On August 1, 1834, the Slavery Abolition Act of the British Parliament came into effect, outlawing the owning, buying and selling of human beings as property in its colonies.
On August 1, 1834, over 800,000 people of African descent were free from oppression.
On August 1, 1834, people of African descent were given their lives back after over 200 years of enduring slavery.
After the Slavery Abolition Act came into force, Black people no could not legally be sold, beaten, tortured, or forced to work under horrible conditions in British colonies and territories. This didn’t end all slavery practices worldwide, but it set an important precedent. People of African descent were able to work, be with their family and have self-determination. Our ancestors fought for this freedom—our freedom. They did what they could with what they had. We thank our ancestors for all their sacrifices; we are forever grateful.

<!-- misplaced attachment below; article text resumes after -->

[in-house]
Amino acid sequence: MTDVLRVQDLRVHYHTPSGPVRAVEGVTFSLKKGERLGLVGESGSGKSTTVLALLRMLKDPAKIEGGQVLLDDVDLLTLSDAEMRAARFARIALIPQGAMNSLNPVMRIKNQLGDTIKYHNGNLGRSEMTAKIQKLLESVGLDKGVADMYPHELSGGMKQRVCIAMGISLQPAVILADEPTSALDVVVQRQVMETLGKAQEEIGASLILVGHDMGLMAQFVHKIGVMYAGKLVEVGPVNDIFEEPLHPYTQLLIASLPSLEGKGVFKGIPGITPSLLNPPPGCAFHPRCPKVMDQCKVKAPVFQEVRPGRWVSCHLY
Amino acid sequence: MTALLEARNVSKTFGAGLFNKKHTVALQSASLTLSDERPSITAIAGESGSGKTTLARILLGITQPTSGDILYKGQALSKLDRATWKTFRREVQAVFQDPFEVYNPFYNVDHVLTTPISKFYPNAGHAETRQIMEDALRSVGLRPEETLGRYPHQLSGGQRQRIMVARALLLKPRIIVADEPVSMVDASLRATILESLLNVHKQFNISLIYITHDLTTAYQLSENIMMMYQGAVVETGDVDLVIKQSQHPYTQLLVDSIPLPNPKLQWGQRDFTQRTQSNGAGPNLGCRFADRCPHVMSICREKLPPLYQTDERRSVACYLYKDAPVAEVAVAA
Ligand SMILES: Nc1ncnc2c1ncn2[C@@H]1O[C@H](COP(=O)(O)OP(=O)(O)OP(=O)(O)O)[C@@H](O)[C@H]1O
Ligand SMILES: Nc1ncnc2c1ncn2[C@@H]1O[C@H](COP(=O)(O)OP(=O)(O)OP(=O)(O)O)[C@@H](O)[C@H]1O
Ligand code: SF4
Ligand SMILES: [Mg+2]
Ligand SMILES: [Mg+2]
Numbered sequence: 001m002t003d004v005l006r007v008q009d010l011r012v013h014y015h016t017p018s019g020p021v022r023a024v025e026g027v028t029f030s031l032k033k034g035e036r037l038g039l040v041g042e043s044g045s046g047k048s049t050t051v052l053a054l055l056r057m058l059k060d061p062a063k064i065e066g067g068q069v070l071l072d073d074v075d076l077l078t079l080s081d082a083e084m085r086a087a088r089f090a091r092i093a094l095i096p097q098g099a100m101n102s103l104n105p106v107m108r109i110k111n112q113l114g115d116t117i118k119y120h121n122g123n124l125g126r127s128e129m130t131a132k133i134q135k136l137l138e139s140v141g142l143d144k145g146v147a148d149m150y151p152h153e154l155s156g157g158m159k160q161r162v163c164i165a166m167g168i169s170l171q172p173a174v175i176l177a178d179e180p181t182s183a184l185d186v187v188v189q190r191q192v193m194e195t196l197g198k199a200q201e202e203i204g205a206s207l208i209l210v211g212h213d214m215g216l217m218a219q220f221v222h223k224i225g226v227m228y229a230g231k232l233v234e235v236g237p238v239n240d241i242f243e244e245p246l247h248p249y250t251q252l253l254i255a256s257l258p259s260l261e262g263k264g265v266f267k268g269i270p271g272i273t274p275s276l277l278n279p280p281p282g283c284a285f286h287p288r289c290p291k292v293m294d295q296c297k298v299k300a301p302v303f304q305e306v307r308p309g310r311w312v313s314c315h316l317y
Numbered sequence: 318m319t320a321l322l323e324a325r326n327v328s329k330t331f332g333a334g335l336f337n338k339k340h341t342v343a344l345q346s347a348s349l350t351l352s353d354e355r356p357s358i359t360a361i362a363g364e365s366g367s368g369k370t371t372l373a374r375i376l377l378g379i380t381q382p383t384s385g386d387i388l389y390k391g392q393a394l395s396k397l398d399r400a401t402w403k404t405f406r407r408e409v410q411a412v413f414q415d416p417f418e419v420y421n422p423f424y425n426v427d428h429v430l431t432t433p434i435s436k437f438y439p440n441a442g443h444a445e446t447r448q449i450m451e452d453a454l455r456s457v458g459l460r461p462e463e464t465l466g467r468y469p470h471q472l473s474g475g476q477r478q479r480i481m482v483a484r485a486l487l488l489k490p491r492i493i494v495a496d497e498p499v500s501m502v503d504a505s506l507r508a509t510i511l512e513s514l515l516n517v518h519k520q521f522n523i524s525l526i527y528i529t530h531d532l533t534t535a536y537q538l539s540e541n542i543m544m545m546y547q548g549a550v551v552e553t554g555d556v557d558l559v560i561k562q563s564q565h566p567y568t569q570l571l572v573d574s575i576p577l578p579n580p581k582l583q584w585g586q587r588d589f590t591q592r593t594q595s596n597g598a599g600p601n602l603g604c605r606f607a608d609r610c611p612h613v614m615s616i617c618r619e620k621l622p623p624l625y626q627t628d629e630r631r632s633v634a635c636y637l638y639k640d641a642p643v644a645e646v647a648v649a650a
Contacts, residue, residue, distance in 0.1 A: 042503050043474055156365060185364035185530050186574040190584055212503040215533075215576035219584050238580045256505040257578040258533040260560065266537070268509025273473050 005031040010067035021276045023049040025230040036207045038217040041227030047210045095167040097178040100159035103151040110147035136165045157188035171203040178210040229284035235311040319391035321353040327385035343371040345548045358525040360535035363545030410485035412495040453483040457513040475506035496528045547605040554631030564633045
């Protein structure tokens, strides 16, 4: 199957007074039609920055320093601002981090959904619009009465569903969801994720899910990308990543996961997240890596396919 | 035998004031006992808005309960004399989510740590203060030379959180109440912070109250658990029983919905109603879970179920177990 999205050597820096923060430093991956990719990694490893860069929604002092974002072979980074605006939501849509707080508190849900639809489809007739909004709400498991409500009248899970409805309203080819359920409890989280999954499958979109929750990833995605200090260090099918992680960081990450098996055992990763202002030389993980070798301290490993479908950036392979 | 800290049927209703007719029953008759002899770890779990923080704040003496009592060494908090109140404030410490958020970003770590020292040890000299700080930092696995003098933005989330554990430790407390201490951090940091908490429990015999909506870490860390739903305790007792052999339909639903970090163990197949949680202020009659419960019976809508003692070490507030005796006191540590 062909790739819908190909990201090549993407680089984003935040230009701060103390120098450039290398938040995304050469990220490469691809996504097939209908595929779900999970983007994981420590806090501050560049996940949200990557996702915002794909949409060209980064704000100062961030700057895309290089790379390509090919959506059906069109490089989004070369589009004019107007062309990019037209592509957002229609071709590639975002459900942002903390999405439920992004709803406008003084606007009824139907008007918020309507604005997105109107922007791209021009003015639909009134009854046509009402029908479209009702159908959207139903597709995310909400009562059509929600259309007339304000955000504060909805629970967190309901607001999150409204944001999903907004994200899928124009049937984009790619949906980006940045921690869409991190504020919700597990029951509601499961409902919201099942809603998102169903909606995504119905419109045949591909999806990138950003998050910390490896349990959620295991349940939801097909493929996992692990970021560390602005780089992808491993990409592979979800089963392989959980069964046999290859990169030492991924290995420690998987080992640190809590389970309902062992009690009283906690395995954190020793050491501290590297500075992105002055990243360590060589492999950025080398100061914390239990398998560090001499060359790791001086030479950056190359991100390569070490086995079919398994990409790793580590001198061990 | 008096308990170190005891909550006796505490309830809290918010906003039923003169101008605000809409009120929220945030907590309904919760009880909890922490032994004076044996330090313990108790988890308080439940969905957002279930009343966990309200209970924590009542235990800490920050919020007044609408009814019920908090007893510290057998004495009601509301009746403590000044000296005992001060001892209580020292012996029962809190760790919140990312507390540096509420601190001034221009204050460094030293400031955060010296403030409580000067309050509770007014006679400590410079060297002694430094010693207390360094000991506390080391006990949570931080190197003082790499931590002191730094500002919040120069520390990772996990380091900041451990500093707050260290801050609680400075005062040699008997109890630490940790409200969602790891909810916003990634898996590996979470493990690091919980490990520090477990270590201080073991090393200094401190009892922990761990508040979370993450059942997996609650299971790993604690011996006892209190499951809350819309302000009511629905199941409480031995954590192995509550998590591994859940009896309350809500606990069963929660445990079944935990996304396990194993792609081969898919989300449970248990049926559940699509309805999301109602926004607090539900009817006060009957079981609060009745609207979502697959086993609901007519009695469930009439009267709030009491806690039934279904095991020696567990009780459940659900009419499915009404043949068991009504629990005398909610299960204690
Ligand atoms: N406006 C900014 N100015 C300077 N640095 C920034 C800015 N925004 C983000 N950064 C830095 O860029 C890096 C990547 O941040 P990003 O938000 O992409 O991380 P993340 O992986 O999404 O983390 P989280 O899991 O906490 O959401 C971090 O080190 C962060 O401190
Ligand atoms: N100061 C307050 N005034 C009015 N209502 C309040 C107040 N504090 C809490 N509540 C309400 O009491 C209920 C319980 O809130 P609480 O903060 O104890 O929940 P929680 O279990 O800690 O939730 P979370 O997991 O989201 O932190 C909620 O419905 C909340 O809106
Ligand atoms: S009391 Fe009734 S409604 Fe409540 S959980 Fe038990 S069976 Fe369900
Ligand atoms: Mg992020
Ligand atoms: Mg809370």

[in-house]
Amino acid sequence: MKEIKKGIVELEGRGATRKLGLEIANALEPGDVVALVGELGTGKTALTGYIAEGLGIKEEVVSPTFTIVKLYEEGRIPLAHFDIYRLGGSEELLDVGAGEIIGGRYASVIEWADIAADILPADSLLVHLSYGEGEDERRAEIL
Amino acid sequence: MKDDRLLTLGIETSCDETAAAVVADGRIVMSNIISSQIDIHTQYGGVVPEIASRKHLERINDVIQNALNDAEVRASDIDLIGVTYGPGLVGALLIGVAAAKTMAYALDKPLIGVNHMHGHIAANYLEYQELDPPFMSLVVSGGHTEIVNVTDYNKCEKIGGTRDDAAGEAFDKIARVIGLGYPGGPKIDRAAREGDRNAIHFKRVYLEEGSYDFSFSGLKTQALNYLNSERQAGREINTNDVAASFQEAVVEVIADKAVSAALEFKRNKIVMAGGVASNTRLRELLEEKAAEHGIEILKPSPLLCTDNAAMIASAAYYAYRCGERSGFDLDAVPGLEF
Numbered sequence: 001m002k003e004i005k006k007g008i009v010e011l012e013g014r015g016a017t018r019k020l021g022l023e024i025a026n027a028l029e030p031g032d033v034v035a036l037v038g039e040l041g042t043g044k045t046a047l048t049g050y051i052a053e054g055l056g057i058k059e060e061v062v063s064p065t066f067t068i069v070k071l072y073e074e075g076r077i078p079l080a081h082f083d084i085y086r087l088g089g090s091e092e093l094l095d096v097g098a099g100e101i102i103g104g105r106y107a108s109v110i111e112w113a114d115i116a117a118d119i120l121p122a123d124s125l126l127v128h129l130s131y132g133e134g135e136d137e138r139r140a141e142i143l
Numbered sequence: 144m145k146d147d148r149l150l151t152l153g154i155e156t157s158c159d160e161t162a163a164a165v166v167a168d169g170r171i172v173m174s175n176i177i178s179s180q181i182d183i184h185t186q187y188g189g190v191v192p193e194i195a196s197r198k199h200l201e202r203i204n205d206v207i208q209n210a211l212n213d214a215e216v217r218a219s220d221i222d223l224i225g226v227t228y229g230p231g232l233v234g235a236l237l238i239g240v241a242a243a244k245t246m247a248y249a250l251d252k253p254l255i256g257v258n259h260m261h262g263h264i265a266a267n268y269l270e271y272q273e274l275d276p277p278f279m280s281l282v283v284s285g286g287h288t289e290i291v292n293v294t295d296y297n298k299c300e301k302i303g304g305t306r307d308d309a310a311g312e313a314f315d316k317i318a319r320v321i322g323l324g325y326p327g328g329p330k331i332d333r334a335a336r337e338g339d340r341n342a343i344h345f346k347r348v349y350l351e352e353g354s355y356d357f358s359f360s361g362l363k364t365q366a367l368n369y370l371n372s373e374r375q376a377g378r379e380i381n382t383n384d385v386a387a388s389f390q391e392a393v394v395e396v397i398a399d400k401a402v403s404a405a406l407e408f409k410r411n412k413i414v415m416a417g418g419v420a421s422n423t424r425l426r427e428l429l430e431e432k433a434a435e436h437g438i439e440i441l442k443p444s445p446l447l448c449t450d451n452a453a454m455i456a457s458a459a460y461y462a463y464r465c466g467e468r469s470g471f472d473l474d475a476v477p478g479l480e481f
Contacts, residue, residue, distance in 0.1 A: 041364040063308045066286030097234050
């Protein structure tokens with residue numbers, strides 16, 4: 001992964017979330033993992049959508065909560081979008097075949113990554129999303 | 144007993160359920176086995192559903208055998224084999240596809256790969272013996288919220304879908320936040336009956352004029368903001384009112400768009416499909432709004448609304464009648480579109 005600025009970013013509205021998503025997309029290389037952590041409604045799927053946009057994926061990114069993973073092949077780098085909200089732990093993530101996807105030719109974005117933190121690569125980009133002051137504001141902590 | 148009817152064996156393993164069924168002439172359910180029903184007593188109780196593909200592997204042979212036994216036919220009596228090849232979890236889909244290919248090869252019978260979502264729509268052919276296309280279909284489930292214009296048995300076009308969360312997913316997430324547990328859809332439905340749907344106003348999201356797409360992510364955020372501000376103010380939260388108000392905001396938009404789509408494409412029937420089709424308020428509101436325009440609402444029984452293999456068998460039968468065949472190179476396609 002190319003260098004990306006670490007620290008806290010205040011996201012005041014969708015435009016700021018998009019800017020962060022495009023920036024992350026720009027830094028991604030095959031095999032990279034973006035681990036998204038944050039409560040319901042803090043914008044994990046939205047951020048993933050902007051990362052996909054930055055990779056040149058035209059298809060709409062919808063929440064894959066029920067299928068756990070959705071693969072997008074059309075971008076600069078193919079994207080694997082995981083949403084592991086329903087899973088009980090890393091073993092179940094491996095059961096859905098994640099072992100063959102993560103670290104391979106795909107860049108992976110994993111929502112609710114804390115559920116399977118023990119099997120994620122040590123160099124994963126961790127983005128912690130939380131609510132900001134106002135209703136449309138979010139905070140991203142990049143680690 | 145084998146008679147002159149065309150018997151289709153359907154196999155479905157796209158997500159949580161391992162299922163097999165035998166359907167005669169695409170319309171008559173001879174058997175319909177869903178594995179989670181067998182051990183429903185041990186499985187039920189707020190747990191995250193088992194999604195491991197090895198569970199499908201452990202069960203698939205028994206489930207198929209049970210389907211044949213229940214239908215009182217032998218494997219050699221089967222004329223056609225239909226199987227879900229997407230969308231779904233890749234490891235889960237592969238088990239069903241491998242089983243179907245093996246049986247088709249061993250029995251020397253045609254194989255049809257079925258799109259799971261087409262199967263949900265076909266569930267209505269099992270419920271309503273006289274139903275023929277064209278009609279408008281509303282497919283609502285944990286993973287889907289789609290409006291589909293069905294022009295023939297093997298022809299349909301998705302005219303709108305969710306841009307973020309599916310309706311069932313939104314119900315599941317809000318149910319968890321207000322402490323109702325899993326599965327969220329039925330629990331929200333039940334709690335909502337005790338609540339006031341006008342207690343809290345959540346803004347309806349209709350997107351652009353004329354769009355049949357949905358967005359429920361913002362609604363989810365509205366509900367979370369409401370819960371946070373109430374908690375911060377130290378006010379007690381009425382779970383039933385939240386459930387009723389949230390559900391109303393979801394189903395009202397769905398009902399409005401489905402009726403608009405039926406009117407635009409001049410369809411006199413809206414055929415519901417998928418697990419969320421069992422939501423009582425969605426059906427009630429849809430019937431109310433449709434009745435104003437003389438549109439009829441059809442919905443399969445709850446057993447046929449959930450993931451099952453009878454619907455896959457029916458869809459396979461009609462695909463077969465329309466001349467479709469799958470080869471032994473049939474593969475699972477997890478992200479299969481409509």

Slavery existed in Canada and is a part of our history that must be recognized. The celebration of emancipation is important for the Black community because it represents freedom. It reminds us that no matter where we come from and what we look like we deserve to be treated fairly and with respect. We all deserve love; we deserve to be happy and we deserve equality.
Although Black slavery was abolished, anti-Black discrimination continued, and racism still has deadly consequences today. Just like our ancestors fought for us, we also need to fight for freedom and equality of our kids, grandkids and great grandkids. The ongoing harm of systemic racism and the wellbeing of future generations call us to work for justice today.